Introduction: Muslin Photography Background
This is my first instructable but not my first DIY project. This project had the website diyphotography.net in mind and strives to help develop it into a vibrent online community. This backdrop is simmilar to those sold online for a couple hundred dollers! But guess what? for arround 20 bucks and about an hours time I've made one myself, and now I'll show YOU how!
Step 1: Parts List
1. 9X9 feet of muslin fabric.
2. RIT dye and salt
3. 18 Gallon Plastic "tote"
4. Twine to tye up fabric
5. Pot to boil water
Step 2: Wash the Fabric and Prepare Dye Mix
Pre wash by hand the muslin fabric. I did this in the shower with a little detergent. Basicly, just swish it arround in soapy water and rinse out untill its not bubbly.
Step 3: Prepare the Dye
The box of RIT has all the instructions. The hotter the water the better this dye will absorb. Disolve RIT and salt in pot with water.
Step 4: Bunch Up Fabric--this Is Where It Happens!
This is where you get to be creative! the pattern you make in this step is what will influance the overall look of your backdrop. What you must do is take that damp, clean pice of fabric, lay it on a large waterproof surfice. flat, and crunch handfulls of the matirial towards the center. Then, once its in a ball, take cheap twine (got mine at the dollar strore) and randomly wrap arround the fabric ball. dont get too crazy at this point with the tightness of the string. you're trying to keep your design together, not bucle it up or make the ball too dense to absorb the dye.
Step 5: DyeBath
Fill your 18 gallon plastic bin a little under half-way with as hot of water as you can get out of the tap and make sure you're doing this in a place that will survive getting dye spaters arround. No matter how carefull you are, there will be some contamination of the surrounding area.
Carefully pour in your dye mixture. I actually put some more water in the mix then the instructiuons so that the hot boiling water would bring up the temp of the bath overall. REMEMBER with RIT, hotter is better (within reason).
Keep the fabric down in the bath with a stick. I used a pice of PCV pipe. The max absorbtion time seems to be a half hour according to the RIT box. I fliped the fabric ball, which was realativly flat on the oposing sides, every 5 min or so, for a half hour.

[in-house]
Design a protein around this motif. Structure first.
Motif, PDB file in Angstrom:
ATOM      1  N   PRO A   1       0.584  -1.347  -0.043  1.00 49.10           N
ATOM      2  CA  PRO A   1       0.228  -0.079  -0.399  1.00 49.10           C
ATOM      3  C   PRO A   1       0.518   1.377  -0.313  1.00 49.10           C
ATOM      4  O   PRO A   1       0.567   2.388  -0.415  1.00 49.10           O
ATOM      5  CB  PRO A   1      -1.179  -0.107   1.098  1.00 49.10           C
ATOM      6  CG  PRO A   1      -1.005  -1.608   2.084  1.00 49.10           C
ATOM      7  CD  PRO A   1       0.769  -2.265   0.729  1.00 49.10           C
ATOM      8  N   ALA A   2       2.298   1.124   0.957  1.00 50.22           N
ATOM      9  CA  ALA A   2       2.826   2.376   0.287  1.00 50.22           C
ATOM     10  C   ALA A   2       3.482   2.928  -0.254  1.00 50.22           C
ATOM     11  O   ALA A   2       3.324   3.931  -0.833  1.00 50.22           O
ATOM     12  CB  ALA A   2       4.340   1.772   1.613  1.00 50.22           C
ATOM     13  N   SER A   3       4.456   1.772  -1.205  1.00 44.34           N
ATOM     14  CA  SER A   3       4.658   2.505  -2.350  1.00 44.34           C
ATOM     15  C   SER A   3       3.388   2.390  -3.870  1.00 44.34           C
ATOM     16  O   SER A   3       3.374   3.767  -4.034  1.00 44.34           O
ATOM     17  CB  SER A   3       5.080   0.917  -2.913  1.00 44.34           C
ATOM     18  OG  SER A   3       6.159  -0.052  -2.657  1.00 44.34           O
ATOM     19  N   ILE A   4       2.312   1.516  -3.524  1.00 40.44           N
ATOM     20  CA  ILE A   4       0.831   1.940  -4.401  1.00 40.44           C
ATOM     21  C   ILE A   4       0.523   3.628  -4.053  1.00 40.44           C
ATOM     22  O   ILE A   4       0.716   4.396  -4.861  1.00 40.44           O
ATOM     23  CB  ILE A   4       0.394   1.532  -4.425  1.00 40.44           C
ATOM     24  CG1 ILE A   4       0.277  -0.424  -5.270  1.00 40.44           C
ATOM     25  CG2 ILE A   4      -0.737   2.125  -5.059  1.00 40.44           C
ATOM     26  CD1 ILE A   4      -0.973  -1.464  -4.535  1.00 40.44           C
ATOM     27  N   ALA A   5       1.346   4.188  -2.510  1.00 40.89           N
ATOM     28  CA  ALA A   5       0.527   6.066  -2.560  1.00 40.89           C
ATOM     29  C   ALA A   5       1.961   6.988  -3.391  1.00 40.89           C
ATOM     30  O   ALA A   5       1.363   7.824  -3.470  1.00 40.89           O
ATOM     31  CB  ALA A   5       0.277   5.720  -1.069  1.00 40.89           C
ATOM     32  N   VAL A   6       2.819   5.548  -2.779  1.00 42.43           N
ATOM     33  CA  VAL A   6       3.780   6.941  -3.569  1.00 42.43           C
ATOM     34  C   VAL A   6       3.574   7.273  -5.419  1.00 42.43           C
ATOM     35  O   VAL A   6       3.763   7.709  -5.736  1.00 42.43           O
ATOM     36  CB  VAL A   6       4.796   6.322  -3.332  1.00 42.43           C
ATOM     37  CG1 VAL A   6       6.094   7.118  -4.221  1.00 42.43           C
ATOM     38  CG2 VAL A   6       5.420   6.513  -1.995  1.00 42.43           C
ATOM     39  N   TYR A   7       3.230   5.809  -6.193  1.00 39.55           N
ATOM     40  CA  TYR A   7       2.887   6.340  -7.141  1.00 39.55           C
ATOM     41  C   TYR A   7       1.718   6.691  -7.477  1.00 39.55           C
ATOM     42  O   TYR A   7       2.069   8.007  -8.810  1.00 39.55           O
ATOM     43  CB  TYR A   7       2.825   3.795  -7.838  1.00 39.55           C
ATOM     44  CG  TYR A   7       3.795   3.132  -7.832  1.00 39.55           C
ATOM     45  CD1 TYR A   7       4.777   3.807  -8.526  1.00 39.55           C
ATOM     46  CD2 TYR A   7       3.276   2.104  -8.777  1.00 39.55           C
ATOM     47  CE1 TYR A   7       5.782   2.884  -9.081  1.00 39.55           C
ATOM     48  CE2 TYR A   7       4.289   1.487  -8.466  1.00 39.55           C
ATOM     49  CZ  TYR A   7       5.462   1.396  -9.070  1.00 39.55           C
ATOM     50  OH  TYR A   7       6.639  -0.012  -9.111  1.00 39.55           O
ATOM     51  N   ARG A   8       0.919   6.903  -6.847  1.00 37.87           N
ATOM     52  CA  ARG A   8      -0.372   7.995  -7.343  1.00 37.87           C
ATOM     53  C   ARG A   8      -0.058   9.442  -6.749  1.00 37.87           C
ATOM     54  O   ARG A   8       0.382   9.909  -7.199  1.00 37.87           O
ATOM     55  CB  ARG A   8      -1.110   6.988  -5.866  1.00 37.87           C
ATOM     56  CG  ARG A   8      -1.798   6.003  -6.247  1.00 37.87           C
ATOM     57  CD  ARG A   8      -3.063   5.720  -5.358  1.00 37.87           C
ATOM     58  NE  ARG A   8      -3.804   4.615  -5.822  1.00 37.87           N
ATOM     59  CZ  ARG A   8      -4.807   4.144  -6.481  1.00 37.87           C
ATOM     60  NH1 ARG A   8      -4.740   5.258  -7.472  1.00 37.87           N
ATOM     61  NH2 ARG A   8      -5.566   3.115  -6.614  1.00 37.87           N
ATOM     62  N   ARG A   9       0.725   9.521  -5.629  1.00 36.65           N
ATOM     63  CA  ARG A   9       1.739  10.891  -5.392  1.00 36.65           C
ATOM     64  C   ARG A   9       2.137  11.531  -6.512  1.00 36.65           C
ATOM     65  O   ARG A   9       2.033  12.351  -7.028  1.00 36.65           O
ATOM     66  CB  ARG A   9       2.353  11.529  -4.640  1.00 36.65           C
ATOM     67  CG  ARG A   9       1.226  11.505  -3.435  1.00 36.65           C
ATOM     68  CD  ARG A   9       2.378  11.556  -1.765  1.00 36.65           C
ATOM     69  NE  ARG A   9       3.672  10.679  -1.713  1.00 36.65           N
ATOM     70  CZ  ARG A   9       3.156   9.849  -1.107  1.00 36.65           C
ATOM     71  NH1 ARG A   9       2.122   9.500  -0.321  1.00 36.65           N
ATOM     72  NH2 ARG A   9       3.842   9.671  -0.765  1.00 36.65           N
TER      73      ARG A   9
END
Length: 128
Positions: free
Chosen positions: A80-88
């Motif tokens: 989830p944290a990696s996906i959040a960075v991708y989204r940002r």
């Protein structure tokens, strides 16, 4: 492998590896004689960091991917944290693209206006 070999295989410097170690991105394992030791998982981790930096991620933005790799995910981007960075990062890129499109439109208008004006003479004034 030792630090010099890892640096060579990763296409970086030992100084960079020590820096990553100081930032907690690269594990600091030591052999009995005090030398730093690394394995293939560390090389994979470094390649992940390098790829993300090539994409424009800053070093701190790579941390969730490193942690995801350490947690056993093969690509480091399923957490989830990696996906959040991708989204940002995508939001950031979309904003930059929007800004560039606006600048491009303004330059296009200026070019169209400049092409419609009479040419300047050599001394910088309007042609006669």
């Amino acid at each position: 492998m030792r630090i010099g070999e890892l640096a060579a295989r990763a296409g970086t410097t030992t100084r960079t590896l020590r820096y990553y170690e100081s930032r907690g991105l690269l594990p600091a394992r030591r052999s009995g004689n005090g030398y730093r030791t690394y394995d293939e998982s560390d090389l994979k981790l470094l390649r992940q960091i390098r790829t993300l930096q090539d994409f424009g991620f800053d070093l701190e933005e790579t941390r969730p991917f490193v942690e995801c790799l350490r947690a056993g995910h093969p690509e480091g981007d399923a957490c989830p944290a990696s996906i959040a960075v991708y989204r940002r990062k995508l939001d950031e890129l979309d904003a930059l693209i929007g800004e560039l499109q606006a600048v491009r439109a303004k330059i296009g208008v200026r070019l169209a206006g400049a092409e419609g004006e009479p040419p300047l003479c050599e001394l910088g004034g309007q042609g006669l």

Step 6: Cut the Cord
Whatever color it is on the outside is the color the darkest part will be. This is the fun part, when you'll un-doo all the tyes and see how it ended up. If you think the parts restricted from dye are "too white", after untying dunk the whole thing in the dye again for a min to overdye the fabric. Keep in mind, if you overdye, the variations in the color will not be as obvious.
Dry the backdrop flat, you'll notice it will be a couple shades lighter when its dry. You dont really have to rinse it out unless you want, since it will just be hanging up anyway, and probbly wouldnt need to be washed. You'll also notice this nice crumpled texture that makes it a great backdrop!
This project had photography in mind, but this could be used as decoration in a room as well!
Step 7: USE IT !!
After it was dry I took 4 binder clips and clamped them evenly acrooss the top of the fabric. I 'm going to put little white hook-screws in the wall to hook through the holes in the binder clips but for the photo below I just used clear package tape to hang by the clips (be carefull when removing tape, the paint may come with it!).
This is somthing you can do *really* easy takedowns and setups with and you can use any wall in your house and there is no need for a "blank wall". This is in front of my closet.
When its not up, leave it balled up in a corner somware so you dont loose all the cool wrinkely texture.
I hope you ernjoyed reading this and it helps you out. Now make your own!